Guangdong Rolls Out Massive Electric Bus Upgrade
(Beijing) — Three of the four largest cities in affluent Guangdong province will upgrade their entire public-bus fleets to electric-powered vehicles by 2020 — part of an ambitious plan to make three-quarters of all provincial public buses powered by clean energy over the next five years.
The provincial capital of Guangzhou, along with the adjacent city of Foshan and the boomtown of Shenzhen, which borders Hong Kong, lie at the heart of the determined upgrade, which is part of the province’s Five-Year Plan that runs from 2016 to 2020. China has been aggressively promoting new-energy vehicles over the last five years in a bid to clean up the nation’s polluted air and develop cutting-edge technologies that can be exported.
Under the recently revealed provincial plan, Shenzhen will be the first to convert its entire public-bus fleet to electric powered vehicles by 2018. Guangzhou will follow a year later, and Foshan will complete its conversion by 2020.
The three cities lie at the heart of the Pearl River Delta, one of China’s most affluent areas and home to many of its earliest foreign joint ventures due to its open economic policies and proximity to Hong Kong.
Upgrades by those three cities should help the province reach targets of new-energy buses comprising 85% and 75% of the total in the Pearl Delta and all of Guangdong respectively by 2020.
Public buses now account for about 1.3% of all vehicles in China, according to publicly available statistics. But because they use more fuel and are driven more frequently than ordinary cars, they account for 30% of all vehicle emissions.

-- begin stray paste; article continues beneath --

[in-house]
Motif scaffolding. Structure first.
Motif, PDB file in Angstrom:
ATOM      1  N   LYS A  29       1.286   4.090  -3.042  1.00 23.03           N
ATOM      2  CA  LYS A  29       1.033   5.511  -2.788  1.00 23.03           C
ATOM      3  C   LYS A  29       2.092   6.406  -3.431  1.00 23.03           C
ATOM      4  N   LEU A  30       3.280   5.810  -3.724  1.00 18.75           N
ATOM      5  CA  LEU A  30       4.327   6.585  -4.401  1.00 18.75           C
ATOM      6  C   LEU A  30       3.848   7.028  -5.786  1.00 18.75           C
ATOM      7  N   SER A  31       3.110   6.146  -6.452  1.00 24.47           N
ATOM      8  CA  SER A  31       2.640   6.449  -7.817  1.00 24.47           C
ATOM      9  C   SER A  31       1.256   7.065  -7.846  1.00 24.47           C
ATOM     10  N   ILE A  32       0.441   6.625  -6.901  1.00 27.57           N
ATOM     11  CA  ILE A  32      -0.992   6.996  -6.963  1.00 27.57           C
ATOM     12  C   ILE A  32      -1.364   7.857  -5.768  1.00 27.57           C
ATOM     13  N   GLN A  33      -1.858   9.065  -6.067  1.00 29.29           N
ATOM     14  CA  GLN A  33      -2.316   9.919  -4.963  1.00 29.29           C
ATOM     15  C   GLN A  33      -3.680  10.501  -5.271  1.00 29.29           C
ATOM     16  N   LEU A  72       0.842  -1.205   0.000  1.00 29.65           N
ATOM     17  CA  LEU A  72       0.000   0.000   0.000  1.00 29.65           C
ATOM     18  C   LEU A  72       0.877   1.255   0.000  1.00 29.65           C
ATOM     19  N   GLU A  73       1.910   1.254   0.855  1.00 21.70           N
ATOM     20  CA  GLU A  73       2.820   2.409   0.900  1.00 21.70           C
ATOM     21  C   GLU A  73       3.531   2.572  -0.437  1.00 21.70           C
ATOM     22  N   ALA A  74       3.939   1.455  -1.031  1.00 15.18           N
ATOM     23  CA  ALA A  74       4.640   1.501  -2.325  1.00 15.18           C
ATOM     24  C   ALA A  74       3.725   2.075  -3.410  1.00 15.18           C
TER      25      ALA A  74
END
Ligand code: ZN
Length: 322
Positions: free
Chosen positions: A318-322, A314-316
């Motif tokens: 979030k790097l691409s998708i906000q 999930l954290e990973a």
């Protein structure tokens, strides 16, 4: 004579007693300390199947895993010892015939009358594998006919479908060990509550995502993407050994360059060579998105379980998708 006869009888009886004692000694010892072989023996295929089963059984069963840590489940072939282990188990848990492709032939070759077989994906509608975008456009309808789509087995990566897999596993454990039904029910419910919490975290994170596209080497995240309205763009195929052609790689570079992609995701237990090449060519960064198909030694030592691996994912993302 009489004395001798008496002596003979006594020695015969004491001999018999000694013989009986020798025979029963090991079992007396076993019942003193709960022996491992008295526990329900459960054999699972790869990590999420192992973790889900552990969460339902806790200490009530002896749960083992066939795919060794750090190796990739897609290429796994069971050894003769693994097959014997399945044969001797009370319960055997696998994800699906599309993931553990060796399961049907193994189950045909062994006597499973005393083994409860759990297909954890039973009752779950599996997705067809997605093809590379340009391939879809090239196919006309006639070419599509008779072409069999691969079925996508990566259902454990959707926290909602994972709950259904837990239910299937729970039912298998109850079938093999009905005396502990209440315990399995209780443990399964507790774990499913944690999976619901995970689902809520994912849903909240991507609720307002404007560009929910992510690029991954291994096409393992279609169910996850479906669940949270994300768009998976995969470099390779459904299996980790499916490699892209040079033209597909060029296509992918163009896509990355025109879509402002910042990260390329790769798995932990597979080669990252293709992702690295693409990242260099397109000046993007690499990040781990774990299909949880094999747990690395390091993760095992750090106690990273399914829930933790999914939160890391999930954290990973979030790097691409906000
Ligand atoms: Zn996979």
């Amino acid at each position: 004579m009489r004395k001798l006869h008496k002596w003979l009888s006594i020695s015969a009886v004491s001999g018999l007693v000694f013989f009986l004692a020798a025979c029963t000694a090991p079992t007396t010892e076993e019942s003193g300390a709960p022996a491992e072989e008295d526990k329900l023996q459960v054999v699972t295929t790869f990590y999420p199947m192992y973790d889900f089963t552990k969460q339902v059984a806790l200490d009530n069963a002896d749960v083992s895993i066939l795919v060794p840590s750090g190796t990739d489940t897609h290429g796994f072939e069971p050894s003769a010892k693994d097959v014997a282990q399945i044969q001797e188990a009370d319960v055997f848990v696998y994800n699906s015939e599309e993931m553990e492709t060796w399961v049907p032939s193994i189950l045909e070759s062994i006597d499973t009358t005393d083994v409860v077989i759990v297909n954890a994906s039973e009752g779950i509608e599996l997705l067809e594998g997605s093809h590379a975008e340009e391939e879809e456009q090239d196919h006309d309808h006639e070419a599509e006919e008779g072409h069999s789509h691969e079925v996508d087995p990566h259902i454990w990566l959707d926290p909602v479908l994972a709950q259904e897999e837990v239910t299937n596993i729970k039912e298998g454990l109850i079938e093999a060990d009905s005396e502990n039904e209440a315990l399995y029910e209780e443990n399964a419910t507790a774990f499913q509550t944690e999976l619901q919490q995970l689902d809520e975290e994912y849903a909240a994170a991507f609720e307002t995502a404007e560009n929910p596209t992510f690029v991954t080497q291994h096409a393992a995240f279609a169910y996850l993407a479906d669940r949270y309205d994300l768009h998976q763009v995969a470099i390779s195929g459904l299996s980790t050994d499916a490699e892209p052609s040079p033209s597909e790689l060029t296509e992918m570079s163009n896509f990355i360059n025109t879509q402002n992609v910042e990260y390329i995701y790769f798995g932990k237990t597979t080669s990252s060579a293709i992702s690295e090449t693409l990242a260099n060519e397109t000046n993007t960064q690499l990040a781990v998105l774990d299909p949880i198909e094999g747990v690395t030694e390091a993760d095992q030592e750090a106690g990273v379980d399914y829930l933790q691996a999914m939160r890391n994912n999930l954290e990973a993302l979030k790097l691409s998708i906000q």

At the same time, Beijing has been rapidly reducing its incentives for clean-energy vehicle developers in the last year, partly to encourage the industry to be more commercially viable and also to overhaul a system that had become rife with fraud as companies and individuals chase generous government subsidies.
A previous combination of central government and locally matching subsidies gave buyers up to 1 million yuan ($146,000) in subsidies for each electric bus purchased, in a program dating back to 2013. But under adjustments made at the end of last year, subsidy levels were reduced to about half that amount.
Pending changes to the subsidy program also sent a chill through the new-energy car market in January, with sales plunging 74% for the month to just 5,682 units as dealers and potential buyers waited on the sidelines for clarity on new policies. Manufacturers were told at the end of last year that all vehicles would be re-evaluated for inclusion in a catalog of models eligible for subsidies going forward. But the revised catalog, which previously covered 2,193 models from 235 producers, has yet to be published, leaving the industry in limbo.
Contact writer: Yang Ge (firstname.lastname@example.org)